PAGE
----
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I think Verizon basic phones also lack LTE, so I would figure Verizon doesn't mind allowing feature phones and many of the older 3G devices.

While it's maybe not ideal from a consumer perspective, in Verizon's point of view it probably doesn't hurt to limit LTE activation to their postpaid service and have MVNOs like Straight Talk and Page Plus source their own 3G smartphones.

Here's a link to a list of MVNOs operating in the United States ... Speaking mainly about CDMA, Straight Talk (as well as Net10) have several approaches to their requirements.

They have their own branded CDMA phones (for the plan), then they have the CDMA BYOP deal, where you bring a compatible phone of your own (also for the deal).

Also, both of those America Movil companies have lower-line plans that require their branded phones for plans designed only for each respectively (the ST plan and the by-the-minute Net10 plans).

Those phones can be either "G" models (for GSM) or "C" models (for CDMA).

Since other MVNOs are reported to have different roaming capabilities than Page Plus, I'm not sure how that works on a Sprint phone.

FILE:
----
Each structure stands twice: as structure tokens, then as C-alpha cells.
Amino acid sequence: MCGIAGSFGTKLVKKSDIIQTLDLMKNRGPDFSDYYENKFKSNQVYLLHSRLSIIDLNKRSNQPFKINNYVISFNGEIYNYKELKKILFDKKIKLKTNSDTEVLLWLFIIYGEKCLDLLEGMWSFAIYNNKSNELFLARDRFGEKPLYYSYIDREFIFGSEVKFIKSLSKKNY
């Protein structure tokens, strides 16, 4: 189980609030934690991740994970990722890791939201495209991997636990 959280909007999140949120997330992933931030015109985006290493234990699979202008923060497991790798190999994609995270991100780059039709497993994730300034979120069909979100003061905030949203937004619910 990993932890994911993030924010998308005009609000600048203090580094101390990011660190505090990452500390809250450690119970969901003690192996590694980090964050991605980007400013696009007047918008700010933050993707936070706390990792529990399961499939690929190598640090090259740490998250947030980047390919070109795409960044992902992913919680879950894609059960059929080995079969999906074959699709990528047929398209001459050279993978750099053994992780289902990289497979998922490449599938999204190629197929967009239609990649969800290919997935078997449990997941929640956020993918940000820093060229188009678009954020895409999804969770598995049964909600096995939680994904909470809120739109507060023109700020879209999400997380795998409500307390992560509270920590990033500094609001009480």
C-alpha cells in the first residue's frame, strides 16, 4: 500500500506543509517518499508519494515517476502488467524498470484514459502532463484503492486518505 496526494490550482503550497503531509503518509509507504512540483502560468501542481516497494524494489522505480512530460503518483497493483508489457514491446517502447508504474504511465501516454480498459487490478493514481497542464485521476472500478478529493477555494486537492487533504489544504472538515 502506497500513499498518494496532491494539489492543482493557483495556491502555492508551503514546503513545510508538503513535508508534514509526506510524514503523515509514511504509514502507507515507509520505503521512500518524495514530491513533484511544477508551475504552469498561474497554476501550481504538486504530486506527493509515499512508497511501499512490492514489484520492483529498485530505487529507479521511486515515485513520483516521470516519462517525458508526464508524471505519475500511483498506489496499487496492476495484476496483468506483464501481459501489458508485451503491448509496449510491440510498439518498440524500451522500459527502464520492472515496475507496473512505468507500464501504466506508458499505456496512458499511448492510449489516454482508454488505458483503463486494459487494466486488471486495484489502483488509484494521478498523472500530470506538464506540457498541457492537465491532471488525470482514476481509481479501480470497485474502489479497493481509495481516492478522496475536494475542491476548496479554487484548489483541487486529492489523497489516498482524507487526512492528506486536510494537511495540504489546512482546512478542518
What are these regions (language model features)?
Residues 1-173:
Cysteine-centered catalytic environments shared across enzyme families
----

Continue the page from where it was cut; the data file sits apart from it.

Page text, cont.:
The last time I looked the Straight Talk terms of service had not been updated for CDMA roaming, and I don't remember anyone confirming if roaming is actually available with the CDMA BYOP service like indicated on the maps. nav=shpcdma Verizon did introduce some 3G prepaid LG smartphones this year, but usually Verizon doesn't allow MVNOs to activate their prepaid phones.

Before that the last 3G smartphones from Verizon were released in 2011.

What kind of phone are you looking to use on Verizon?

Straight Talk does have a few phones that run on Verizon, and even allows BYOD as long as it's 3G only (no LTE phones) and not an i Phone. Then there's Page Plus, Selectel, Talkfor Good, and Next G.

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